'The Power of the Dog' Is the Film That Could Win Netflix Its First Best Picture Oscar
Jane Campion's dissection of the American West is a triumph.
The mythology of the American West is laden with images of masculinity. From John Wayne to Clint Eastwood, it's a world where the clanking of spurs and leather conjures up a male ideal of tough, heterosexual heroism. On the surface, Phil Burbank, played by Benedict Cumberbatch in Jane Campion's The Power of the Dog—which was released in theaters November 17 before making its way to Netflix December 1—would look like that kind of man. He's unbathed and unrepentant. He calls his brother George (Jesse Plemons) "fatso." He worships his departed mentor, a man named Bronco Henry, like a god.
Phil Burbank is a man who constructed his own mythology, one which comes tumbling down over the course of Campion's masterful film, based on the 1967 novel by Thomas Savage. It's an epic about the way the male id can crush everyone it touches, anchored by a brilliant masquerade of a performance by Cumberbatch, his best yet.
Phil and George have been running their wealthy parents' ranch for 25 years when the story begins in 1925 Montana. They ride into the small town where Rose Gordon (Kirsten Dunst), a widow, runs the local inn with help from her delicate and meticulous son Peter (Kodi Smit-McPhee), who recreates flowers from his mother's garden using paper. His fake buds are so lovely that Rose puts them out as decoration on the dinner table, where they are immediately the subject of ire from Phil. He targets Peter for his effeminacy, leaving Rose crying at the end of the night. Whereas Phil believes he was delivering hard and necessary truths, George stays behind to comfort Rose.
It's just a short while later that George brings Rose back to the ranch as his bride, and Phil begins to insidiously and methodically torture Rose, getting under her skin as she caves under the pressure George puts on her entering an unfamiliar monied world. Phil sees her as both a social climber and an unwelcome feminine presence further preventing his softer brother from embracing his rustic qualities. Rose just wants peace. But the dynamics start to shift when Peter arrives on summer vacation, and Phil sees someone new he can mold in his own image. But unlike Phil, Peter is confident in his own skin, and is unwilling to let a tyrant determine his family's happiness.
To say much more about the plot would be giving too much away. Campion lets the dynamics between these people simmer with the help of the beat of Jonny Greenwood's guitar and string-heavy score, until the tale reaches a conclusion that takes the audience completely by surprise. Having seen the film twice now, the clues are all there, but you are initially so beguiled you miss them.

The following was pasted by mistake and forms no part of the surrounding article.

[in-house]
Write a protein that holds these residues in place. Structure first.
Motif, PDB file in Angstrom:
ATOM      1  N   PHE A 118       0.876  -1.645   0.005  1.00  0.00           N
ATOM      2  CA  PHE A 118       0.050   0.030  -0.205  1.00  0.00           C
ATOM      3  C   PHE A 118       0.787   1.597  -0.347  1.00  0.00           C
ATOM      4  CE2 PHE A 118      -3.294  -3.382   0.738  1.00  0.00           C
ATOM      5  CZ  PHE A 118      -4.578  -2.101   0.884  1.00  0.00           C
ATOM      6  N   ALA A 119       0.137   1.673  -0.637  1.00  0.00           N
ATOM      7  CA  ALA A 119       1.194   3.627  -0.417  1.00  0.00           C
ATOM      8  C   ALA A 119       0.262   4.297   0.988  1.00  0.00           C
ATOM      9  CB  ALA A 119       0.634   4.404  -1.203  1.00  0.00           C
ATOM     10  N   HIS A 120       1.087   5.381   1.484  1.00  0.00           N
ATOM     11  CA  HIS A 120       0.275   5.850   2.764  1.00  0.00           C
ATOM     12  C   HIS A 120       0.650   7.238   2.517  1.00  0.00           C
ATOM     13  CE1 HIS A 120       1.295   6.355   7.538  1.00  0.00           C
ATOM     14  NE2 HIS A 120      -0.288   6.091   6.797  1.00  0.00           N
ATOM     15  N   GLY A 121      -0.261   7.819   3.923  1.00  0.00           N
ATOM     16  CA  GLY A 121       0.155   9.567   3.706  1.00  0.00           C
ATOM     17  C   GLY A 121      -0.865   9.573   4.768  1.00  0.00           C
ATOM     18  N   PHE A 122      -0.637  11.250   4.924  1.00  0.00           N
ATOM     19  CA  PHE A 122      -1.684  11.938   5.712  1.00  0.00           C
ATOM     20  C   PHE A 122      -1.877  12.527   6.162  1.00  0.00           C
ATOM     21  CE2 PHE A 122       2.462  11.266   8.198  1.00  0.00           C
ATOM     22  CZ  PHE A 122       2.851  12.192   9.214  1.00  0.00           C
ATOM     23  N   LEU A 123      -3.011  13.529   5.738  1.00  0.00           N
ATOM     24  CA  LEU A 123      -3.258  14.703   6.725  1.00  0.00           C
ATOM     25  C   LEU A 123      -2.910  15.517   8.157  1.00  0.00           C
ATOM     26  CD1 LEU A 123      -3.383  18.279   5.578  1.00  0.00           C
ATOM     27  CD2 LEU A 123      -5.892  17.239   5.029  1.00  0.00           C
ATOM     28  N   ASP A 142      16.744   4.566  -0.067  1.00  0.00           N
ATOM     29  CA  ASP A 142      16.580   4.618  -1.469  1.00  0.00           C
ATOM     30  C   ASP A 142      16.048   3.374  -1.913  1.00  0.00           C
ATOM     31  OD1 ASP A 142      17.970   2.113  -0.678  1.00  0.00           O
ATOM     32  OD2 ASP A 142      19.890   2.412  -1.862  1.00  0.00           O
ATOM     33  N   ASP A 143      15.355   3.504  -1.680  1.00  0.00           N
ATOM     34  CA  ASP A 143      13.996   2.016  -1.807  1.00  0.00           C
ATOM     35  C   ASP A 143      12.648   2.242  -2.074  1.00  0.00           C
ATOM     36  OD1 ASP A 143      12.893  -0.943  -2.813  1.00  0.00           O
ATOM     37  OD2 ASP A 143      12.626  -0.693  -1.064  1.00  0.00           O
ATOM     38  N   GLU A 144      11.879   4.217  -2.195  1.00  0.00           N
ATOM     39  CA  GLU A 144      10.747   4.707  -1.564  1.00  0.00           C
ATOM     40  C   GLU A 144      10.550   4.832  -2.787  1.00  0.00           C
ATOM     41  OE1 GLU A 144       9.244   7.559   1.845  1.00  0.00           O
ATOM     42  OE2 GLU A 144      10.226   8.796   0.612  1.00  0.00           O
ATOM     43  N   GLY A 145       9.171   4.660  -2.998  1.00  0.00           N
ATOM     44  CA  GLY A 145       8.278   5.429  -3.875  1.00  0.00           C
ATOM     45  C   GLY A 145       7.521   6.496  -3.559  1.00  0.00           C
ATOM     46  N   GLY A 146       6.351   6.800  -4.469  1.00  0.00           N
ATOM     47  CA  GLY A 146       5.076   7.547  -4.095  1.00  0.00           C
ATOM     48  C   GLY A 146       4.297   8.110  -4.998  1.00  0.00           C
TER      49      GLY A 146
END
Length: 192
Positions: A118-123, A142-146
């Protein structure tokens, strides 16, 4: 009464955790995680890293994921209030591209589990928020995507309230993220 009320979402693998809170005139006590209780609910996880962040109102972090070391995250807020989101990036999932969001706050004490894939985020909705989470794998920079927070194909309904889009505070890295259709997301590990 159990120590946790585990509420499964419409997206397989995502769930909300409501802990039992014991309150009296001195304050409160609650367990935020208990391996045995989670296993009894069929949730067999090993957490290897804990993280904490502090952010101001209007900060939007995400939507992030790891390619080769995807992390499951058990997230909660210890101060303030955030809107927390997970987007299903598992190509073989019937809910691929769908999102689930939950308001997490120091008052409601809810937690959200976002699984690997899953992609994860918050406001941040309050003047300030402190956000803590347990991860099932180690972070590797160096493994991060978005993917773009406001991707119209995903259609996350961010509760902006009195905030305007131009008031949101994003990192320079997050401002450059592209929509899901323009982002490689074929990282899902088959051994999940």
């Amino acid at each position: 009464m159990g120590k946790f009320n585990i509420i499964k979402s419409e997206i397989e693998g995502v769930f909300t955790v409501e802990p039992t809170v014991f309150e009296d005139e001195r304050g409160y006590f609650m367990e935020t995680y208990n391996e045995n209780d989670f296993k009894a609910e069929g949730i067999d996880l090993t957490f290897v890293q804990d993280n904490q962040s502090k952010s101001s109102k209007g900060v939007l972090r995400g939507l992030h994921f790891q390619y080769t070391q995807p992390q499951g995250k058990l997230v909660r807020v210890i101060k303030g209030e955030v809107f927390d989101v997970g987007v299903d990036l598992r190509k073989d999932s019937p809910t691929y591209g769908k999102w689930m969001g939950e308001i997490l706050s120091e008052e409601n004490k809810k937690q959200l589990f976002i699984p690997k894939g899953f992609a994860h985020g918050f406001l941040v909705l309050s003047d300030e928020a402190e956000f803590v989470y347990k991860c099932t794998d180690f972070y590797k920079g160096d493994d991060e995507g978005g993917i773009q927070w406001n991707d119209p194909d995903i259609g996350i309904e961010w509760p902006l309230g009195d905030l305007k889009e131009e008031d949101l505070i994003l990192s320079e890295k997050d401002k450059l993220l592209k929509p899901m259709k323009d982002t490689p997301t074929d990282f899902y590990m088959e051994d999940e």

Cumberbatch's penchant for playing the British upper crust works in his favor as Phil. Once you peel away the layers of grime with which he coats himself, he might otherwise be an educated dandy. He's a man who graduated Yale Phi Beta Kappa, but pretends as if he can't grasp basic language. It's a balancing act that Cumberbatch pulls off with a mix of menace and deeply hidden grace that only reveals itself at the most pivotal moments. He's matched beat for beat by Smit-McPhee, who wields his lithe body like a weapon, his big eyes always calculating. At times it looks like the mountain winds of New Zealand, which stands in for Montana, are going to sweep him away, using his billowing shirt as a sail. Peter has a coldness that evolves into the role of protector when he's with his mother, who Dunst plays with a resolve that evaporates under the strain of the mental weaponry Phil uses against her. Dunst's crumbling work should finally get her a long overdue first Oscar nomination.
Like Phil, who masks his deep discomfort with insults and braggadocio, The Power of the Dog waits to reveal its true nature. Greenwood's music signals that something's afoot, while the rich visuals captured by cinematographer Ari Wegner lure you into the vast, treacherous landscape of the mountainous West. Campion has made a film that's deeply erotic without any sex scenes, one that teases with its gaze before it ultimately takes your breath away.
This article was originally published during the 2021 New York Film Festival.